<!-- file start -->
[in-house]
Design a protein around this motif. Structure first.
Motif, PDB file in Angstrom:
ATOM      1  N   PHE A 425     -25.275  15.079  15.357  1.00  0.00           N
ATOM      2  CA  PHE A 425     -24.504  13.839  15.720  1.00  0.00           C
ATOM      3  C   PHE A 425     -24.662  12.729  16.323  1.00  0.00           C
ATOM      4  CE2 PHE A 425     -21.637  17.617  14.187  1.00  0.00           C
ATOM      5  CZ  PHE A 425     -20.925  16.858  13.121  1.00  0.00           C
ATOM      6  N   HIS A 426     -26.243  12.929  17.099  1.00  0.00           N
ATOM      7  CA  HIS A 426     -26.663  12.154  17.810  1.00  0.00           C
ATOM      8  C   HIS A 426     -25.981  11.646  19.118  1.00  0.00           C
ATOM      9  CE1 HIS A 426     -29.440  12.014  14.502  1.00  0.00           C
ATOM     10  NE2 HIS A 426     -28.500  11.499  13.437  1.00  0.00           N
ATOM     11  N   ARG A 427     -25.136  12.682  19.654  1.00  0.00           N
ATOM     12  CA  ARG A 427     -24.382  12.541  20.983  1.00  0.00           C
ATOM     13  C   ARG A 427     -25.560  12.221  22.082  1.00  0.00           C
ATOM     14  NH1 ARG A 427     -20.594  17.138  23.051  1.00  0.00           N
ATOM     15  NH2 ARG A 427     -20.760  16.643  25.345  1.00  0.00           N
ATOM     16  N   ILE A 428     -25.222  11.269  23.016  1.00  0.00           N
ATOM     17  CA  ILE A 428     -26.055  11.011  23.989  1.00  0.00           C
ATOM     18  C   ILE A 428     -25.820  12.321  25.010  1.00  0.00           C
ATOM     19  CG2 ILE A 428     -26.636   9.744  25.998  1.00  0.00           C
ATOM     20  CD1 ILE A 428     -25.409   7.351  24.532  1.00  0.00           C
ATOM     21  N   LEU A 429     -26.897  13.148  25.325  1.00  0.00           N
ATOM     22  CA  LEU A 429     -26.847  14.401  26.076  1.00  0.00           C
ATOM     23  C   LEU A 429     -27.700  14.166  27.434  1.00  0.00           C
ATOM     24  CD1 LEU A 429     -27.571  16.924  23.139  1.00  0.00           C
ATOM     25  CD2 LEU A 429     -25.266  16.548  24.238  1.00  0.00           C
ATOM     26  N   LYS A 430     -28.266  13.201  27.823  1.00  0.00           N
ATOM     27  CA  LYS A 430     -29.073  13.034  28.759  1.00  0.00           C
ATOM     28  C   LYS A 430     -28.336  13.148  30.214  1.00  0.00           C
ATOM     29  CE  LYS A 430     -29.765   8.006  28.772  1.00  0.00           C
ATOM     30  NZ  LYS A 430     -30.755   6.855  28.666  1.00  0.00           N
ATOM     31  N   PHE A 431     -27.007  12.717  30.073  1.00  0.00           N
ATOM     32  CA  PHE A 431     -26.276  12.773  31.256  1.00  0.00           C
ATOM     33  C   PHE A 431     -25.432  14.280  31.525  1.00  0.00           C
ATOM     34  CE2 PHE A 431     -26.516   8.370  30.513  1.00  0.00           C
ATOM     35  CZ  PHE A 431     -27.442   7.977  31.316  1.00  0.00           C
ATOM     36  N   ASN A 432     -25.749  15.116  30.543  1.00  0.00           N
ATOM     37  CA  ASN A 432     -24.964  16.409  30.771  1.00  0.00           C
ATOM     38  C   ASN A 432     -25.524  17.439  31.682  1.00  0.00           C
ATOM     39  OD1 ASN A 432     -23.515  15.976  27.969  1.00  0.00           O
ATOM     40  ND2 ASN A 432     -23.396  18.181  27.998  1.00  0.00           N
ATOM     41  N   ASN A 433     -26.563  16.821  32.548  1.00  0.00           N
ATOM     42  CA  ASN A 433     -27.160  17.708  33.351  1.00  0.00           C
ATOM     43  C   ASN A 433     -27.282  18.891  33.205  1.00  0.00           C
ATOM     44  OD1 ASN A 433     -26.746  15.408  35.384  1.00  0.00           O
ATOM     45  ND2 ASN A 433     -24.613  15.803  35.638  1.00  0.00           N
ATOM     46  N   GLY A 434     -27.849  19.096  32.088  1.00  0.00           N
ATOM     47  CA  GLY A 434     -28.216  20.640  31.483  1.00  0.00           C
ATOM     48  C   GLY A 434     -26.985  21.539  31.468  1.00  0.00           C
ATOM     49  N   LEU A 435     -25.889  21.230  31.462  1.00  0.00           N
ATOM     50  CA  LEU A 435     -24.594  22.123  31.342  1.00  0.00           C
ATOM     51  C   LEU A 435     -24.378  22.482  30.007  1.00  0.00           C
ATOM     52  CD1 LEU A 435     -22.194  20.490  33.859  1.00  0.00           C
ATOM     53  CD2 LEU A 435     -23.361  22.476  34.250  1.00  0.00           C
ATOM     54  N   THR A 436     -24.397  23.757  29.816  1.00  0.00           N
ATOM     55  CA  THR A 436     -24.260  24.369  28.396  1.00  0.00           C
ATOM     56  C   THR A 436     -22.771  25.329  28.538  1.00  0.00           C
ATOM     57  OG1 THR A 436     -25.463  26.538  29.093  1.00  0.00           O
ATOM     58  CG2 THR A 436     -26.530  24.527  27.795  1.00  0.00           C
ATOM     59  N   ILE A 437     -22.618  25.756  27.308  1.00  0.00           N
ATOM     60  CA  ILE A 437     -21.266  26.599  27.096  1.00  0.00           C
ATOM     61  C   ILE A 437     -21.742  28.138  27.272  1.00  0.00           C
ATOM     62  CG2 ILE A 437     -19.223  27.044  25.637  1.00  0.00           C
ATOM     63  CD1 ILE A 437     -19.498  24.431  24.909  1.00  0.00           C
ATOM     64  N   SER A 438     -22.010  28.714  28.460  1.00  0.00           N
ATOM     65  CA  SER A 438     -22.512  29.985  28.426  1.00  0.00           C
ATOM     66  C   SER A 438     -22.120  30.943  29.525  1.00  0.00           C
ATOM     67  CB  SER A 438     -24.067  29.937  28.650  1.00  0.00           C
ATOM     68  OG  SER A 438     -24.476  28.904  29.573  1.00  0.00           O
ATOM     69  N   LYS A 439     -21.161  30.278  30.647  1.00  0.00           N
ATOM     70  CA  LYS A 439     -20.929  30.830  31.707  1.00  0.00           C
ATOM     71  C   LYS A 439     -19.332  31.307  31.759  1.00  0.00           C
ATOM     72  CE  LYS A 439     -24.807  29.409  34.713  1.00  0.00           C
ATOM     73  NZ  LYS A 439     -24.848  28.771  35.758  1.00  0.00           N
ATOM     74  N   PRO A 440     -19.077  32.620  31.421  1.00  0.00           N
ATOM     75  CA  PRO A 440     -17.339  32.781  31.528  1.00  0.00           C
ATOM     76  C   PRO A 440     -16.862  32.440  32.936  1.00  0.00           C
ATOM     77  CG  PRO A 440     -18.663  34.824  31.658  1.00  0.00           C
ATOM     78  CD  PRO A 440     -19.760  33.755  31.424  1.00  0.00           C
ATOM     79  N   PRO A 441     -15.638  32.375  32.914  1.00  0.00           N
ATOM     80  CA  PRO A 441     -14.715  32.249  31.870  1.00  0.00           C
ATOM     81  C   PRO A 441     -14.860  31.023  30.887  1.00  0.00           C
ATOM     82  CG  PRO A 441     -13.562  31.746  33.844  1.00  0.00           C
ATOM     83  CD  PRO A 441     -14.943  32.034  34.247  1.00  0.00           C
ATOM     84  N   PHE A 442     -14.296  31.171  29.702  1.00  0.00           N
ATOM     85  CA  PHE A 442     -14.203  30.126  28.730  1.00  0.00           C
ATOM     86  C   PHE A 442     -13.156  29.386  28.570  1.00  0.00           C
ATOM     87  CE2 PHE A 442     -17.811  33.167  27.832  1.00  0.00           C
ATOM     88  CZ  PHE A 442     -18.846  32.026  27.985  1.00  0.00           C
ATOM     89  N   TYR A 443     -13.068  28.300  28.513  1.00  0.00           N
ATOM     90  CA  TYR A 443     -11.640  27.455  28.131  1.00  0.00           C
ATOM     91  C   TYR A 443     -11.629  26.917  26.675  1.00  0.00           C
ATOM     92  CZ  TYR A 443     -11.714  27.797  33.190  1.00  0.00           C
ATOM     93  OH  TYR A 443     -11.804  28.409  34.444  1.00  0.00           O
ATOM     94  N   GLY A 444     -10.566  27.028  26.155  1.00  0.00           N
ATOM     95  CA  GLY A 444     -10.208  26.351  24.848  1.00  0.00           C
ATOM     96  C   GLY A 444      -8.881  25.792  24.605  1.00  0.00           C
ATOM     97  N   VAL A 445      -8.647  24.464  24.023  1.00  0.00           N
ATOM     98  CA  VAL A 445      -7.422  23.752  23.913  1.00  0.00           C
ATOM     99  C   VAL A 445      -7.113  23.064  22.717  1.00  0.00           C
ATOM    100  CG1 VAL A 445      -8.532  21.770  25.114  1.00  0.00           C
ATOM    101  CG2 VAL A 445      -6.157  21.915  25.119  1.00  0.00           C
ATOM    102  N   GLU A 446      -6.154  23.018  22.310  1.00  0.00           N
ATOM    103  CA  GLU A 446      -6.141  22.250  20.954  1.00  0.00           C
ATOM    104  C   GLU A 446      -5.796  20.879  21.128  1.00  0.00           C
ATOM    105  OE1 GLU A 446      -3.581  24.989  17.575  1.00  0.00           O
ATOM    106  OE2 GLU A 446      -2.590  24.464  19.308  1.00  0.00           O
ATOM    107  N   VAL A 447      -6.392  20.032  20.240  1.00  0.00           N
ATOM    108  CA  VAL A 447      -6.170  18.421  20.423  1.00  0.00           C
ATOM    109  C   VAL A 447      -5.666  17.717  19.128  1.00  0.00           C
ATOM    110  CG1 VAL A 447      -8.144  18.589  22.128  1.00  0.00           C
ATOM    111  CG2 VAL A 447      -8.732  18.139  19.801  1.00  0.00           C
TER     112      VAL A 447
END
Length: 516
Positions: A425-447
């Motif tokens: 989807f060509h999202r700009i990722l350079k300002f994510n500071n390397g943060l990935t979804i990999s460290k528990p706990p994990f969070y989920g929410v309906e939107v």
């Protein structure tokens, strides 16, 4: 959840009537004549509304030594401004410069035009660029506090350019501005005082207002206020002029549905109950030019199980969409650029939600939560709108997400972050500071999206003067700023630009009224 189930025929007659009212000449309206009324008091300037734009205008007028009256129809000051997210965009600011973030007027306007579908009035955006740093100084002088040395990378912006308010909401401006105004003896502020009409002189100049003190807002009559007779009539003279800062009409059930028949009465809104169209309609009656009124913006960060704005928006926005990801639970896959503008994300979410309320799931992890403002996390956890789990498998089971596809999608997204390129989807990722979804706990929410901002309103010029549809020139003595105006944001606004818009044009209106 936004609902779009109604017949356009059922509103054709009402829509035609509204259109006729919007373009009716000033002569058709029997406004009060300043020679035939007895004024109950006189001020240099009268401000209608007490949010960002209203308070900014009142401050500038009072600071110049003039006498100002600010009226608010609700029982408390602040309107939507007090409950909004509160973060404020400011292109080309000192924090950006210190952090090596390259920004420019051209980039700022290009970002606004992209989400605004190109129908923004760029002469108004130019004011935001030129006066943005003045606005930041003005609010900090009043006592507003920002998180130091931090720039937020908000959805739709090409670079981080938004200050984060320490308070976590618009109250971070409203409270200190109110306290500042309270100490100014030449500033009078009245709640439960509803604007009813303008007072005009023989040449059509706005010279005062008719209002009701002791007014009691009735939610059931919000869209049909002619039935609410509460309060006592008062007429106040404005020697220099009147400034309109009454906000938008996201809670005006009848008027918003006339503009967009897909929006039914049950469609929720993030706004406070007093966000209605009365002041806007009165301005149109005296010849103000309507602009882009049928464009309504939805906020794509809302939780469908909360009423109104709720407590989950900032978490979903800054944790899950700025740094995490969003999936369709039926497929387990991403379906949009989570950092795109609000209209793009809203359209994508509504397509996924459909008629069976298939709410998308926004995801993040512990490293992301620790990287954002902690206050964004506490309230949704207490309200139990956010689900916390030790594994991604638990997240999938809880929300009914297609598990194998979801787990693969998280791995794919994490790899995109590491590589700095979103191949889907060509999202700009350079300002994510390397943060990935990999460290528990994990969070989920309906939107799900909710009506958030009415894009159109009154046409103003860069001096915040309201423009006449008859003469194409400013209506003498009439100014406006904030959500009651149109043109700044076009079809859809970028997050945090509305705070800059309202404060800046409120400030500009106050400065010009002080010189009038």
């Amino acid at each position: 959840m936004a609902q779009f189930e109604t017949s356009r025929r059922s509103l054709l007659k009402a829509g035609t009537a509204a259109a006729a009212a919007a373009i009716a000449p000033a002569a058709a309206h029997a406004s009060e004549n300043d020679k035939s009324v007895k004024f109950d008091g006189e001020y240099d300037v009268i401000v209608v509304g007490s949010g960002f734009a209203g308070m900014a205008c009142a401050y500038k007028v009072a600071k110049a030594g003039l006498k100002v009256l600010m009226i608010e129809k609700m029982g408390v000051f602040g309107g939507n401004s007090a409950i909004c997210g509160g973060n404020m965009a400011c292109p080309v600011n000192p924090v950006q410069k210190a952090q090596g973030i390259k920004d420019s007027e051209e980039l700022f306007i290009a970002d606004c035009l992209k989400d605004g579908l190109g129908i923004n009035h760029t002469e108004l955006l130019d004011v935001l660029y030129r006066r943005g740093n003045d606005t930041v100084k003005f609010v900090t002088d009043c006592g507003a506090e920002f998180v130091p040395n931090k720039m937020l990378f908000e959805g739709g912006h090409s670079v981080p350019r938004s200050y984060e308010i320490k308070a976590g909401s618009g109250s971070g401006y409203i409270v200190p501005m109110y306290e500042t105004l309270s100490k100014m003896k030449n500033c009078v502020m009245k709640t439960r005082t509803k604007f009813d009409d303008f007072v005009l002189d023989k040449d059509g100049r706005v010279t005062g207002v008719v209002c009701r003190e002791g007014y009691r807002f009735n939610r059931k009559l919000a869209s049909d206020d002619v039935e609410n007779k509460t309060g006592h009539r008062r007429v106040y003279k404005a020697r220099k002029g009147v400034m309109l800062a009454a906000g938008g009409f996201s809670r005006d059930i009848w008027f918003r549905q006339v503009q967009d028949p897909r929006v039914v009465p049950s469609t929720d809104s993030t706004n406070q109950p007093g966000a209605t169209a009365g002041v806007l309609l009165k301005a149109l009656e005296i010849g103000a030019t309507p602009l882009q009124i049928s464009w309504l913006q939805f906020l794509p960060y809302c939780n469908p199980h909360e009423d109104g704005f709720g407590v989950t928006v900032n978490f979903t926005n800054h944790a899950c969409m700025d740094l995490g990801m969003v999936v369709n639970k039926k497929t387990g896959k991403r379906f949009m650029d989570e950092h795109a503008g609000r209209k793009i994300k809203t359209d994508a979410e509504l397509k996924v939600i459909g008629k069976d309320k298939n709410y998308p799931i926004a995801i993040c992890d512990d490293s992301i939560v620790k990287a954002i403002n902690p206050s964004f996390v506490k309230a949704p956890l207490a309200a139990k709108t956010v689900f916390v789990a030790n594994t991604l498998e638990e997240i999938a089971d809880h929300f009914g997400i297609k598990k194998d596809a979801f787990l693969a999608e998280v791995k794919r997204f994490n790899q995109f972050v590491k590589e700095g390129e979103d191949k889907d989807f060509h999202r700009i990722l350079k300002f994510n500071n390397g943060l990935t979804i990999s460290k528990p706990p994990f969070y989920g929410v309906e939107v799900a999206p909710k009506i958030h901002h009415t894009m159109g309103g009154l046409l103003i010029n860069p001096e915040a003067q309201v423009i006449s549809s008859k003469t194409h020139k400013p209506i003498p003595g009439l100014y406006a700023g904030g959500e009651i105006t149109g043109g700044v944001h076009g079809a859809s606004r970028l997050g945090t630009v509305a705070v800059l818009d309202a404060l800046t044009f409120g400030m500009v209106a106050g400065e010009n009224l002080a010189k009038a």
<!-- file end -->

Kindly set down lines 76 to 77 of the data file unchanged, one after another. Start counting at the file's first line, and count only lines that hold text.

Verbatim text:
ATOM     73  NZ  LYS A 439     -24.848  28.771  35.758  1.00  0.00           N
ATOM     74  N   PRO A 440     -19.077  32.620  31.421  1.00  0.00           N